Studio 4 Christened with a Splash

The Drowning Girls Debuts March 14
Sarah Senff

The Drowning Girls, directed by doctoral candidate Sarah Senff, tells the tale of three Edwardian-era English women who rise from their watery graves to prosecute their murderer.

Jordan Yount
News Source: 
College of Arts & Science

The McKee Gymnasium on Hitt Street was once home to the women’s natatorium or swimming pool on campus. Now home to the MU Theatre’s Studio 4, the first full production to be performed in the new venue maintains that aquatic connection. The Drowning Girls, written by Canadian playwrights Beth Graham, Charlie Tomlinson, and Daniela Vlaskalic and directed by doctoral candidate Sarah Senff, tells the tale of three Edwardian-era English women who rise from their watery graves to prosecute their murderer. In 1915, George Joseph Smith was hanged for the murder of his three wives, each of whom he had killed by drowning in the bath while trying to make the deaths look like accidents in order to collect insurance payments from the policies he took out on each wife.

“There are a number of interesting parallels, beginning with the fact Studio 4 was once the women’s natatorium,” Senff says. “Since March is Women’s History Month, I wanted to continue the conversation that we had last season with Good Kids directed by Carrie Winship, where she was talking about sexual assault. This is another kind of power-based personal violence, and although it’s a little different, it’s an important conversation to have. It’s one we’re having now in the national conversation about #MeToo and #NeverAgain.”

Logistical Challenges

Senff says she has been fascinated by the story ever since she picked it up by chance at an Association for Theatre in Higher Education conference in Montreal a few years ago. She says she loves that the play moves back and forth from poetry to prose and calls it very playful while also being very dark.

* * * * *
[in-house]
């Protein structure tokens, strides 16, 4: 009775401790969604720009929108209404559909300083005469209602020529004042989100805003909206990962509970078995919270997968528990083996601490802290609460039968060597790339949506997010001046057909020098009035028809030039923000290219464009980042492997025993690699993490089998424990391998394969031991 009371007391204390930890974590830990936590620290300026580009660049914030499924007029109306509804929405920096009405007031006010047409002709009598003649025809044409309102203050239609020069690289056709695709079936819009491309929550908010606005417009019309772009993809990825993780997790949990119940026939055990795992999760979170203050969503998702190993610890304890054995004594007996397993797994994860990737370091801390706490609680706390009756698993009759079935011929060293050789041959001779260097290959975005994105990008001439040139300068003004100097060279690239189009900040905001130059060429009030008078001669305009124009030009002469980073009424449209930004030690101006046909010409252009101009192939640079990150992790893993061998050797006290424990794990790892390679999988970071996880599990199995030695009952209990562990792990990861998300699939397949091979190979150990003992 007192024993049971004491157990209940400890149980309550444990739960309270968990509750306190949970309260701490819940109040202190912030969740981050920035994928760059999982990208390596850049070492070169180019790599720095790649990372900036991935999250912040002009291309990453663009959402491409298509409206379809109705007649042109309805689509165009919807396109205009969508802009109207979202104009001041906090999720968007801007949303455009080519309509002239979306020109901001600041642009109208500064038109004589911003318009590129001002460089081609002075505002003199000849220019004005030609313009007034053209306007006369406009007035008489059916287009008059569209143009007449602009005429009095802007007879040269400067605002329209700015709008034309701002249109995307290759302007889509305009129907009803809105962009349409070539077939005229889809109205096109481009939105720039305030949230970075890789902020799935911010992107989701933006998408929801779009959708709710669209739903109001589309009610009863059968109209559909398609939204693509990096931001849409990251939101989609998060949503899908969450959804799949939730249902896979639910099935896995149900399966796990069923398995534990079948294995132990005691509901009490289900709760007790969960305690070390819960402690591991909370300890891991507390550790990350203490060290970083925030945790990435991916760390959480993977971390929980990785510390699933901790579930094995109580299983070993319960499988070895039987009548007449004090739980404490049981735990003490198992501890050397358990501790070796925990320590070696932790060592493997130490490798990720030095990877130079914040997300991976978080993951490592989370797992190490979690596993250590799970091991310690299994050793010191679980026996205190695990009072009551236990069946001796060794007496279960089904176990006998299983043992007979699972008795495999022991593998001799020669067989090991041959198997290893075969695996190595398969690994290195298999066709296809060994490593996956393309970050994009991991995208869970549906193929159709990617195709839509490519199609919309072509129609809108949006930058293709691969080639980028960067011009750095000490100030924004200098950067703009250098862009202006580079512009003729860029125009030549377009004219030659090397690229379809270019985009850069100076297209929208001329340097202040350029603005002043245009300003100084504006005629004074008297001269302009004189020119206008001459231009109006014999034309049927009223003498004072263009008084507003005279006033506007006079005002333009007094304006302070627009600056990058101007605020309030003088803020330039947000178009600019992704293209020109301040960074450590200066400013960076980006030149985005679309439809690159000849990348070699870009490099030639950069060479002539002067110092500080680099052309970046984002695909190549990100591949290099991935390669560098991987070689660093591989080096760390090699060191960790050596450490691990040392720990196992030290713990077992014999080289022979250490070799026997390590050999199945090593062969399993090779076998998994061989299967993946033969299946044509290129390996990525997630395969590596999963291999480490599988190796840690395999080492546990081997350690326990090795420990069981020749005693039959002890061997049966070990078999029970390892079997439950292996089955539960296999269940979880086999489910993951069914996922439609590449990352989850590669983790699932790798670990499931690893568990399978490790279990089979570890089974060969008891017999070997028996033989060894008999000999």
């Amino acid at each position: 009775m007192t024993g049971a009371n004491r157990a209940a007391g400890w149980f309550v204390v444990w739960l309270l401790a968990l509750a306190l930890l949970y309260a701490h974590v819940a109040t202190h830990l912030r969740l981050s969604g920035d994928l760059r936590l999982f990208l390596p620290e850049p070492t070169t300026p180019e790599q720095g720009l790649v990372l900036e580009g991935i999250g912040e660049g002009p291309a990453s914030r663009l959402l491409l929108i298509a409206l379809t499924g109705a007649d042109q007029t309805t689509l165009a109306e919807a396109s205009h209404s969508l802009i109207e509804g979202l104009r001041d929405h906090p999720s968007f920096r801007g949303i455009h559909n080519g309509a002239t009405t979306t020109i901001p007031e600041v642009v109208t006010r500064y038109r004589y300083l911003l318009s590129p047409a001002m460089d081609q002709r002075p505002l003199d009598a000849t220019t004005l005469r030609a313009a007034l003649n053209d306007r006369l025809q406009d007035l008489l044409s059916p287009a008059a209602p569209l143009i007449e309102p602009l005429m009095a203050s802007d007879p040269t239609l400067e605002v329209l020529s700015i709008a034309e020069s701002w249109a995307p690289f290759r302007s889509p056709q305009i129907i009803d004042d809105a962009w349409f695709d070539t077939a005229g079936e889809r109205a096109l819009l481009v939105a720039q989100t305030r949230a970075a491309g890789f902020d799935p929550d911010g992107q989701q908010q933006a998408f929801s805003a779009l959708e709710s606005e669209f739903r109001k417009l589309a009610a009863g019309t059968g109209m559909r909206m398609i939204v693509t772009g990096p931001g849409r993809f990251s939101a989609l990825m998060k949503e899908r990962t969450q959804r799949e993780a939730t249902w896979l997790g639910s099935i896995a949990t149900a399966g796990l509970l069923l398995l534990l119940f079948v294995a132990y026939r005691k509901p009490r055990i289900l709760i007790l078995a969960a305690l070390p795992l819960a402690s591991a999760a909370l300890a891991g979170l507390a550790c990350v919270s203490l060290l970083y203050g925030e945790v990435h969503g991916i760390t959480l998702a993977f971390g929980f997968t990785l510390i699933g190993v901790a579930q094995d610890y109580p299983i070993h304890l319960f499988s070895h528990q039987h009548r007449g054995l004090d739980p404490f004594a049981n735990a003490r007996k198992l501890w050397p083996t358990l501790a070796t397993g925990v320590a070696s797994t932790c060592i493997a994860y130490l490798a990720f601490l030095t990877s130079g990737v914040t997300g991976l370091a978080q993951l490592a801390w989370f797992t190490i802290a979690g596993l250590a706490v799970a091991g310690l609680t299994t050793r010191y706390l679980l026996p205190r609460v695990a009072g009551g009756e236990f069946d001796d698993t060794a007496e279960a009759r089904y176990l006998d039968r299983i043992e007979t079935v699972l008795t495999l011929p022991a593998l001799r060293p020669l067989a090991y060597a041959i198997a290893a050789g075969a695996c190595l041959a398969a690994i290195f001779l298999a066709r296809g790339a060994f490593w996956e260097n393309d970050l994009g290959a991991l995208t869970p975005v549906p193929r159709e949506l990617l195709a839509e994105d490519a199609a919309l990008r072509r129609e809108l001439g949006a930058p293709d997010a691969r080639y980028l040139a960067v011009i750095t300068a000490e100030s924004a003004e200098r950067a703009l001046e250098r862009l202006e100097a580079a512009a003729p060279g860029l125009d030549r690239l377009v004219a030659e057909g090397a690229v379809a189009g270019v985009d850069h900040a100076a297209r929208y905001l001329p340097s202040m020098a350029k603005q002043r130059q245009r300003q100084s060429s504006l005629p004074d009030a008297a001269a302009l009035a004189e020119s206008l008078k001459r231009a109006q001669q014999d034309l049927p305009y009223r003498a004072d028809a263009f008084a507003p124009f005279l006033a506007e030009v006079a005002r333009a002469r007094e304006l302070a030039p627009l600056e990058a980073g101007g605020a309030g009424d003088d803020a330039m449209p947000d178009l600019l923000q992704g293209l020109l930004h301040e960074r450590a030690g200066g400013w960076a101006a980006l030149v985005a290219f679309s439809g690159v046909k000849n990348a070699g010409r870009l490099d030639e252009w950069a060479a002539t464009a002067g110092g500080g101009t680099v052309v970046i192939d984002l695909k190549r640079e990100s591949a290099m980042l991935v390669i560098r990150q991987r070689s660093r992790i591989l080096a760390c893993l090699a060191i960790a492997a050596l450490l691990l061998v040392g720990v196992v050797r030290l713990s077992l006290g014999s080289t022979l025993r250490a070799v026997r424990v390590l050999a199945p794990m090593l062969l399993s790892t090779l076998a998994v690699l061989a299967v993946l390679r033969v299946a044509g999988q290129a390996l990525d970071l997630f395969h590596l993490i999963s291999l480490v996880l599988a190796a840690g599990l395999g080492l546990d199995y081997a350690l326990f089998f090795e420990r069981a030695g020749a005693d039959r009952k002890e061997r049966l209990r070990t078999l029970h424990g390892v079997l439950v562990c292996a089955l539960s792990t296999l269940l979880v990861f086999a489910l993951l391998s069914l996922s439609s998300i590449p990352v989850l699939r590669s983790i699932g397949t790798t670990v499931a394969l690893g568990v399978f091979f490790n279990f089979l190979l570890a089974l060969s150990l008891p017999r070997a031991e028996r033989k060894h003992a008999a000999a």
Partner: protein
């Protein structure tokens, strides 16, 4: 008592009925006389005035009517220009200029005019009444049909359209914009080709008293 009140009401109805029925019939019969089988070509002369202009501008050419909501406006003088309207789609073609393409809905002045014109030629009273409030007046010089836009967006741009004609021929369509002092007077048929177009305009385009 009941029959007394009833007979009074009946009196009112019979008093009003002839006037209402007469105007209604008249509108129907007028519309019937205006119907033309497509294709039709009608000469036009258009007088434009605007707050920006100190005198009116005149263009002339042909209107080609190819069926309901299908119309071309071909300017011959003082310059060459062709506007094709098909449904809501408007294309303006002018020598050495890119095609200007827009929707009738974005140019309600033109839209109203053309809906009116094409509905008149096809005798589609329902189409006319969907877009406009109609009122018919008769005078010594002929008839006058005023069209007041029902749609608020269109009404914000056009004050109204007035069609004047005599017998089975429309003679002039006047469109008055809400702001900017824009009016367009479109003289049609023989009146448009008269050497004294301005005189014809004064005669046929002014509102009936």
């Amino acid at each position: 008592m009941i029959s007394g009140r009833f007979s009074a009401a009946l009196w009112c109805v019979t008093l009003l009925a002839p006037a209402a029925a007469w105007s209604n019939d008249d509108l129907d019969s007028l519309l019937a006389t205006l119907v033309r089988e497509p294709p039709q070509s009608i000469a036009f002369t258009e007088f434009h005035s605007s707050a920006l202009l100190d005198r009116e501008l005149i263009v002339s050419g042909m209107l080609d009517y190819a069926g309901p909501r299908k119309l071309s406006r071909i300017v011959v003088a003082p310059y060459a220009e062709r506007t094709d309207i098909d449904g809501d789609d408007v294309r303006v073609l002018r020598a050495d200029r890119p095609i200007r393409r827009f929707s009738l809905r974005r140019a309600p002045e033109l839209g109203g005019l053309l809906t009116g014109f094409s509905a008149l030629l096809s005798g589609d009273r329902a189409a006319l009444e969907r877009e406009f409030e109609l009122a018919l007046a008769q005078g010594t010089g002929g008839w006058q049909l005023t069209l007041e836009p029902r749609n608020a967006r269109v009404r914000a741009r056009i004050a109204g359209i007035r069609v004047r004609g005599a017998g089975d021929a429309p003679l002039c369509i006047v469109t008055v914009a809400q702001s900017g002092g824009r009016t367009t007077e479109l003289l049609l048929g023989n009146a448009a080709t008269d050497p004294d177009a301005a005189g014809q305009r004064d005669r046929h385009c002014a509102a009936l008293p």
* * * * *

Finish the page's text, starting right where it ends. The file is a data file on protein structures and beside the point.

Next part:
“I have intentionally decided not to direct this play in the style of psychological realism because I think it has the potential to traumatize the actors when talking about this kind of violence,” Senff says. “Most of the actor training in the theatre department tends toward psychological realism, so this is something a little different for the actors.” She says the three actors on stage will portray 24 different characters during the course of the play. And they will do so while being partially submerged in bathtubs full of water and having water shower down upon them from above.

set of The Drowning Girls

“We have to think about how the water impacts every element on stage,” Senff says. For example, props have to be pre-soaked to prevent dyes from leaking into the costumes; the costumes had to be altered from being 100% period authentic for safety reasons; surfaces had to be water-resistant while providing some traction; an elevated stage was constructed to provide room for plumbing underneath; and showerheads used in the play have to sit below the lights and other electrical equipment. “It is definitely logistically challenging, but we wanted to christen the new space with a splash,” she says.

We’ve Come a Long Way, But…

Senff says she has been struck by the contemporary themes that emerge from a play about a serial killer in the early 20th century. While the play is rooted in history, Senff says women remain vulnerable today to the kind of violence portrayed on stage.

Sarah Nolan, Cassidy Munie and Cassandra Ferrick

                             Sarah Nolan, Cassidy Munie and Cassandra Ferrick from The Drowning Girls

“Women have greater financial independence, which makes them less vulnerable to predators, but there are new ways we’ve become vulnerable,” she says. “Our smartphones are incredible tools that can do a lot, but they also have left us vulnerable to stalking and harassment in new ways, so I want to talk about how far we’ve come as well as what we still need to do to make sure no one is vulnerable.”

That conversation will occur in Act 2 of the play—a talk back Senff will moderate with a panel of experts from the campus Title IX office, the Counseling Center, the Relationship and Sexual Violence Prevention Center (RSVP), and a doctoral student from the Department of Women’s and Gender Studies.

“For me, this kind of theatre is really about what lingers in the minds of the audience after they leave and the change that it makes—the potential impact on culture, even in small ways,” Senff says.

The Drowning Girls will run March 14–17 at 7:30 p.m. each night and conclude with a matinee performance on March 18 at 2 p.m.

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